International Conference ‘How Indonesia works: Governance, Democracy and Citizenship’
12 & 13 December 2016 | Universitas Gadjah Mada | Yogyakarta | Indonesia
Final conference of the Indonesia- Netherlands collaborative research program on ‘Governance, Markets, and Citizens’.
Hosts are the KITLV/Royal Netherlands Institute of Southeast Asian and the Caribbean Studies in Leiden and the Universitas Gadjah Mada (UGM) Yogyakarta.
Sponsors are the Royal Netherlands Academy of Arts and Sciences (KNAW) and the Directorate-General for Higher Education of the Indonesian Ministry of Research, Technology and Higher Education (MinRISTEK/DIKTI).
How does Indonesia work? How are the most important decisions made and implemented that affect its 256 million citizens? The answer is far more complex than simply ‘by the government.’ ‘Governance’ concerns the negotiated process of making decisions in which many collective actors participate. National and international government agencies, non-government organizations, informal social movements, business lobbies, and many others all try to influence outcomes. There is no ultimate referee (Steurer 2013, Leach et al. 2007, Swyngedouw 2005).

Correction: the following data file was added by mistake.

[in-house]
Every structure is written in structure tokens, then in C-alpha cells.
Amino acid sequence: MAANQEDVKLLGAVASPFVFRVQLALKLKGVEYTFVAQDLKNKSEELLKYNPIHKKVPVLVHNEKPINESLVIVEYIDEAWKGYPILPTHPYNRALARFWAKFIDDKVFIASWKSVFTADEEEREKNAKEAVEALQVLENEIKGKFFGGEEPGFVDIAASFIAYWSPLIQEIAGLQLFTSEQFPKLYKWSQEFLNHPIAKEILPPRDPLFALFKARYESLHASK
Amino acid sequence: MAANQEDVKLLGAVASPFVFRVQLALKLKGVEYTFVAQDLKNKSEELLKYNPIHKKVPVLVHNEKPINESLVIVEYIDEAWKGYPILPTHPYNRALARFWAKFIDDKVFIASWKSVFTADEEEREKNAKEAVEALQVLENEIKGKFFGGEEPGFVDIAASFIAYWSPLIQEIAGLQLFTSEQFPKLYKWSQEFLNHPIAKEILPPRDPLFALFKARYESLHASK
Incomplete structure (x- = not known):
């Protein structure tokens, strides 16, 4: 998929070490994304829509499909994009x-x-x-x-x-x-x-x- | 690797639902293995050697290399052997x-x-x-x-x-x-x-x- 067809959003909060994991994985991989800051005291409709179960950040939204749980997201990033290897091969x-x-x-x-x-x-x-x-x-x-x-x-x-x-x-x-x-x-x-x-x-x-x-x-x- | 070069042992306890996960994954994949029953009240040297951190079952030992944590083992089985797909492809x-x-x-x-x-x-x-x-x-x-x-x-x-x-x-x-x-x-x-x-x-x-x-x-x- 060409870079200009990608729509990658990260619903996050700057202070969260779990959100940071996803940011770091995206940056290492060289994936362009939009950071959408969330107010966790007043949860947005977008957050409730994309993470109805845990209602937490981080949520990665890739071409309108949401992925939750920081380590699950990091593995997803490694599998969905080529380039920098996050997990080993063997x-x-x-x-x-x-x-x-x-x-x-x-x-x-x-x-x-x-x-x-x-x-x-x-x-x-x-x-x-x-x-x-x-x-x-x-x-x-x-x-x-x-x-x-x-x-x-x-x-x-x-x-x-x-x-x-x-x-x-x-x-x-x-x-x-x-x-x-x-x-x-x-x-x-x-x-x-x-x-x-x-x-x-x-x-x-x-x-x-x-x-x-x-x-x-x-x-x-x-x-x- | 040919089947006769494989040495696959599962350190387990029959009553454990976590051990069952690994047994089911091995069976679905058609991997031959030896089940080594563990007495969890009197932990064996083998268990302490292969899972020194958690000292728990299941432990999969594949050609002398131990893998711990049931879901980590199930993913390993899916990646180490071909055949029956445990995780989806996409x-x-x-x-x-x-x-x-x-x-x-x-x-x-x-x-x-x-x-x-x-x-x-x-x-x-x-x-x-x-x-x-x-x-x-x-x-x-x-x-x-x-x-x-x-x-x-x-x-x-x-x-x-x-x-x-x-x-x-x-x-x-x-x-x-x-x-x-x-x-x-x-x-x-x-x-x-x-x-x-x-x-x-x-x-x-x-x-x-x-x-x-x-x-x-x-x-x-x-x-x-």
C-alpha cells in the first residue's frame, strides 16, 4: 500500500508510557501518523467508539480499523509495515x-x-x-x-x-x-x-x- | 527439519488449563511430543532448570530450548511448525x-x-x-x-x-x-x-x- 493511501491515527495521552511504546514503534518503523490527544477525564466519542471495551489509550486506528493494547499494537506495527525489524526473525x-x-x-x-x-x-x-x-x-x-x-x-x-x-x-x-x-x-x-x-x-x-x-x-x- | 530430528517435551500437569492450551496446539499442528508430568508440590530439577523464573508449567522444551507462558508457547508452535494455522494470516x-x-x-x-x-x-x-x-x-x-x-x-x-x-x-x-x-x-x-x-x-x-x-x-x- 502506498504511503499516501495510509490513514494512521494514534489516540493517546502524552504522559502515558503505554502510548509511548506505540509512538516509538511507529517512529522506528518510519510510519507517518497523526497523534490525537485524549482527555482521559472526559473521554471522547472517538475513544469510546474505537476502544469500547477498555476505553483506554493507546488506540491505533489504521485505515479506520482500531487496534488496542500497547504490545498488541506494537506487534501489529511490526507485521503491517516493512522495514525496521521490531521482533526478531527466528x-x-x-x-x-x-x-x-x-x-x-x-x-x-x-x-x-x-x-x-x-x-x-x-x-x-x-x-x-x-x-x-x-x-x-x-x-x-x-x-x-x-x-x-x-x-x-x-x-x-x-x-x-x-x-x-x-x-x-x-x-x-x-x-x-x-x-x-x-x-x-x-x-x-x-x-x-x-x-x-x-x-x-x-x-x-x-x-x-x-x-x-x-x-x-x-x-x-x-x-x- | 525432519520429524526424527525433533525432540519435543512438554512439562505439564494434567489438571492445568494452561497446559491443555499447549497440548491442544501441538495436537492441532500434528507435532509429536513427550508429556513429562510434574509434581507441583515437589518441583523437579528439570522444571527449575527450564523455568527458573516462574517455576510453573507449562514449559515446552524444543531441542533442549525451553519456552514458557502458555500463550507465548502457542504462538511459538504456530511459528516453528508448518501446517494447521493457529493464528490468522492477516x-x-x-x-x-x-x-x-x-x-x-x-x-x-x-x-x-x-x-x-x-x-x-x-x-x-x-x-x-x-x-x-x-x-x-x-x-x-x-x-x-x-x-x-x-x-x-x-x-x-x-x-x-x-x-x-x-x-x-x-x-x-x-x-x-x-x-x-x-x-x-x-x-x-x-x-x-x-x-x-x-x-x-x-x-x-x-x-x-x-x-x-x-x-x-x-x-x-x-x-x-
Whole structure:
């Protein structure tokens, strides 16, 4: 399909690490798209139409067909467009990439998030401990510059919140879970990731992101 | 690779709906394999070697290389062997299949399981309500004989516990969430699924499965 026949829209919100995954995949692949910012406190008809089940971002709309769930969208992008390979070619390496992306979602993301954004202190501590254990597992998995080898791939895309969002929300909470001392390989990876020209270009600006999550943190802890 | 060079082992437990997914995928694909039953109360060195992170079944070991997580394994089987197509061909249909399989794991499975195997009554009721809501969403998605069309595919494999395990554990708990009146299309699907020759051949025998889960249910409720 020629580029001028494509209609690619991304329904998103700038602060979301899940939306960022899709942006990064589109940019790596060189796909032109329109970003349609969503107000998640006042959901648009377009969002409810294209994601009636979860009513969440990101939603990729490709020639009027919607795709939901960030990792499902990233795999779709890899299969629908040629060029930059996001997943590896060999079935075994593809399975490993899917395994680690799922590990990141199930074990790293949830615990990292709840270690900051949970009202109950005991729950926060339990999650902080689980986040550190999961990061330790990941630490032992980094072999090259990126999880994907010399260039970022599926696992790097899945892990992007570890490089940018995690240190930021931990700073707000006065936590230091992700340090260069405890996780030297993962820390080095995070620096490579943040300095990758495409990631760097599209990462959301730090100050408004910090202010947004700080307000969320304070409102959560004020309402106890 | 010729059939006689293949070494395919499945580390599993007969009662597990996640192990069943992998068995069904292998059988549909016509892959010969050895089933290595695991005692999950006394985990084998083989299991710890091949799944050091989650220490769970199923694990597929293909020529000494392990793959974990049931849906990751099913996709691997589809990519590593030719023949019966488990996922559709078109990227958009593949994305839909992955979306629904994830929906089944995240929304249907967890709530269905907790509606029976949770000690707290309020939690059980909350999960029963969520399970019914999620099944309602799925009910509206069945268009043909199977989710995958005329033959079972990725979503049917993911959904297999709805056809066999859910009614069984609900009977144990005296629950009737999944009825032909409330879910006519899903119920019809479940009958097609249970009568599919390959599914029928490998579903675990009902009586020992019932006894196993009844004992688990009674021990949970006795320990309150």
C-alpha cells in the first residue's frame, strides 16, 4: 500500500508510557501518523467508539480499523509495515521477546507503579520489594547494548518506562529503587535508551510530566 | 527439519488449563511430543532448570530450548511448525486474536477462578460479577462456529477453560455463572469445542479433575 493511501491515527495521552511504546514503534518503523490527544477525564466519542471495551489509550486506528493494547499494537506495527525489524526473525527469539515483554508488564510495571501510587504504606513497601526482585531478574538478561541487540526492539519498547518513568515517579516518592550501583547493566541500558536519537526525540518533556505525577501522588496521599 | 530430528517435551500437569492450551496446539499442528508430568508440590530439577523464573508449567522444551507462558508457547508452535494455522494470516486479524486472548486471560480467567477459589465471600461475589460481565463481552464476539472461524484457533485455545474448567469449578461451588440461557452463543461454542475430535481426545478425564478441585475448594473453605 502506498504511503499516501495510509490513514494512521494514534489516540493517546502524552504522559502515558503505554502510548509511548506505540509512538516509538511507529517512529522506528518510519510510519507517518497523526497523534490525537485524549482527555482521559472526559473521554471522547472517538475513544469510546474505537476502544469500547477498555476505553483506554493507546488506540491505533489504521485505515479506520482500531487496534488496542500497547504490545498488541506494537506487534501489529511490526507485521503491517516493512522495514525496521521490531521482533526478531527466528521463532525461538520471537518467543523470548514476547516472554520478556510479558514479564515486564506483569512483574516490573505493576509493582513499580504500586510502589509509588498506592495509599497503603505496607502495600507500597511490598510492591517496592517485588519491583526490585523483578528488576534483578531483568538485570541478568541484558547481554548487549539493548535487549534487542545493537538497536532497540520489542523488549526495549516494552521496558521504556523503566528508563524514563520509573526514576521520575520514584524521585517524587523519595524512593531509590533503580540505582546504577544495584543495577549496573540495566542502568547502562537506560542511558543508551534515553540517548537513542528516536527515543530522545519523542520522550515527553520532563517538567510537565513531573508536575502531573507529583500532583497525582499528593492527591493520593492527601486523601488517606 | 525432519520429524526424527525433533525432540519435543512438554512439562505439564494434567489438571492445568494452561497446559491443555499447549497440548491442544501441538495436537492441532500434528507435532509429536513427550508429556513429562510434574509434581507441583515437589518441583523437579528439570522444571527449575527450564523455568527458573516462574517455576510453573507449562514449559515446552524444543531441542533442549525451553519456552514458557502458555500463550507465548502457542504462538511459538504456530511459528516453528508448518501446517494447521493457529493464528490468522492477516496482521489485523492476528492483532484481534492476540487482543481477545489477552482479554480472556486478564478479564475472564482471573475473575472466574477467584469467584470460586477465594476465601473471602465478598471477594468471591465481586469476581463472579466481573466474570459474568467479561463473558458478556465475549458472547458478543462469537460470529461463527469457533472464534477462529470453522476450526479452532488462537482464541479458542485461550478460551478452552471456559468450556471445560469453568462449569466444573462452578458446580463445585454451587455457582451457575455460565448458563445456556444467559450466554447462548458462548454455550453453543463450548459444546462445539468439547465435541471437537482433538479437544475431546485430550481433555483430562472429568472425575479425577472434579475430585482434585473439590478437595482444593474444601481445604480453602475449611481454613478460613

Indonesian governance processes have been transformed in recent years. The authoritarian New Order collapsed. Decentralization and democratization have brought new players into the field. Globalization and neo-liberal economic reforms have strengthened international market actors. Our knowledge about these processes is partial and fragmented. The conference brings a combined, interdisciplinary and comparative approach to this broad yet urgent subject (Chhotray and Stoker 2009).